Friday, November 13, 2009
Janusz R. Prajs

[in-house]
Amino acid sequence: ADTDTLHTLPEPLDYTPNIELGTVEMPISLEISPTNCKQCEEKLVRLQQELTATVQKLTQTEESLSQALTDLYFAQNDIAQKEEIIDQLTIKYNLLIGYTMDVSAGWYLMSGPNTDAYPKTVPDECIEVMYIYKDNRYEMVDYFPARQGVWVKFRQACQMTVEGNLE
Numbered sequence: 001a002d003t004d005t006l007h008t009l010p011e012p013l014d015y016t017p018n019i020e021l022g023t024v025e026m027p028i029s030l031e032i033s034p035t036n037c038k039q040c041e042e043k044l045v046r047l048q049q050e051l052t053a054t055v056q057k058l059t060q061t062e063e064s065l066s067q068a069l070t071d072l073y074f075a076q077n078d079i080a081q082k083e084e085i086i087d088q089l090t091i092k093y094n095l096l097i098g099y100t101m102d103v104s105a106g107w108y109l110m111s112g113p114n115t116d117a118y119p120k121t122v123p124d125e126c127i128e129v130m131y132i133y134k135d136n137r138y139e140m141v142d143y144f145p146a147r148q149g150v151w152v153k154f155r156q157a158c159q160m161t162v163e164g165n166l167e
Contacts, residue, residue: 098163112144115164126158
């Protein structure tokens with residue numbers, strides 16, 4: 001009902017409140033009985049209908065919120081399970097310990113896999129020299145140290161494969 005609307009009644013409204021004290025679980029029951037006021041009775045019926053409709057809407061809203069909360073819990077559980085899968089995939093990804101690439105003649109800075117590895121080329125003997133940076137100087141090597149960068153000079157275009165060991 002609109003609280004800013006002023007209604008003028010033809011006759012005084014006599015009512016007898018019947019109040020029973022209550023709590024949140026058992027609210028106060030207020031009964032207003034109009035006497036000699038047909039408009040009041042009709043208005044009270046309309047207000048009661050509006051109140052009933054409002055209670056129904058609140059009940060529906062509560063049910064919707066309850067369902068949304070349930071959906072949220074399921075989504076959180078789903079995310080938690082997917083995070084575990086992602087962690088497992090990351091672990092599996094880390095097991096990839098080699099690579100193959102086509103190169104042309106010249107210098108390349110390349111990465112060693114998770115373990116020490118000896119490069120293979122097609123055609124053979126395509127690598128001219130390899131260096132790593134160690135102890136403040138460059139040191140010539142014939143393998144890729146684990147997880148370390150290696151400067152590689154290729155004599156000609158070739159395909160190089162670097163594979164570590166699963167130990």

Janusz R. Prajs, associate professor in the mathematics and statistics department,recieved the President's Award for Research and Creative Activity on in the University Union Foothill Suite.Prajs is the 21st recipient of the award, winning it for his wide-ranging research and publication in the mathematical area known as topology.The President's Award for Research and Creative Activity was established in 1989 and is given every year to a member of the Sacramento State faculty whose extraordinary research and creative activity has made significant contributions to his or her discipline in the past five years.Nominees, who are selected for the award by a subcommittee of the Faculty Senate, must be within their first 10 years of service at Sac State.His lecture at the event, titled "The Nature of Mathematical Discovery," focused on introducing the study of pure mathematics in an informal and personal manner accessible to non-mathematicians and non-specialists.Accompanied by a slideshow of diagrams, the lecture was divided into two parts. The first half aimed at conveying a general understanding of what pure mathematics embodies, mathematical research processes and the problems associated with the field.Defining mathematics, Prajs said it is "the study of what our mind can produce and develops creatively."Prajs also said that the definition of research in mathematics is very different from research in other academic areas because results in mathematics are highly unpredictable.The second half of Prajs' lecture zeroed in on his specific research in topology and the discussion of a few of his research results on homogeneous spaces.According to the lecture program, topology is defined as a branch of mathematics that studies properties of a space preserved under continuous deformations and those that describe how a space is assembled. Prajs produced 45 major-referred publications in the field of topology. His research is known both nationally and internationally in the mathematical community. In 2008, Prajs held three speaking events at the Summer Topology Conference in Mexico City.He has also received a National Science Foundation research grant for a project known as "Homogeneous continua in 3-space."If you consider the responsibilities of teaching, alongside with research, it's pretty amazing that (he) could do something like that," said Chris Fioritto, graduate student in the mathematics department who was one of about 60 others to attend the lecture and the reception that followed.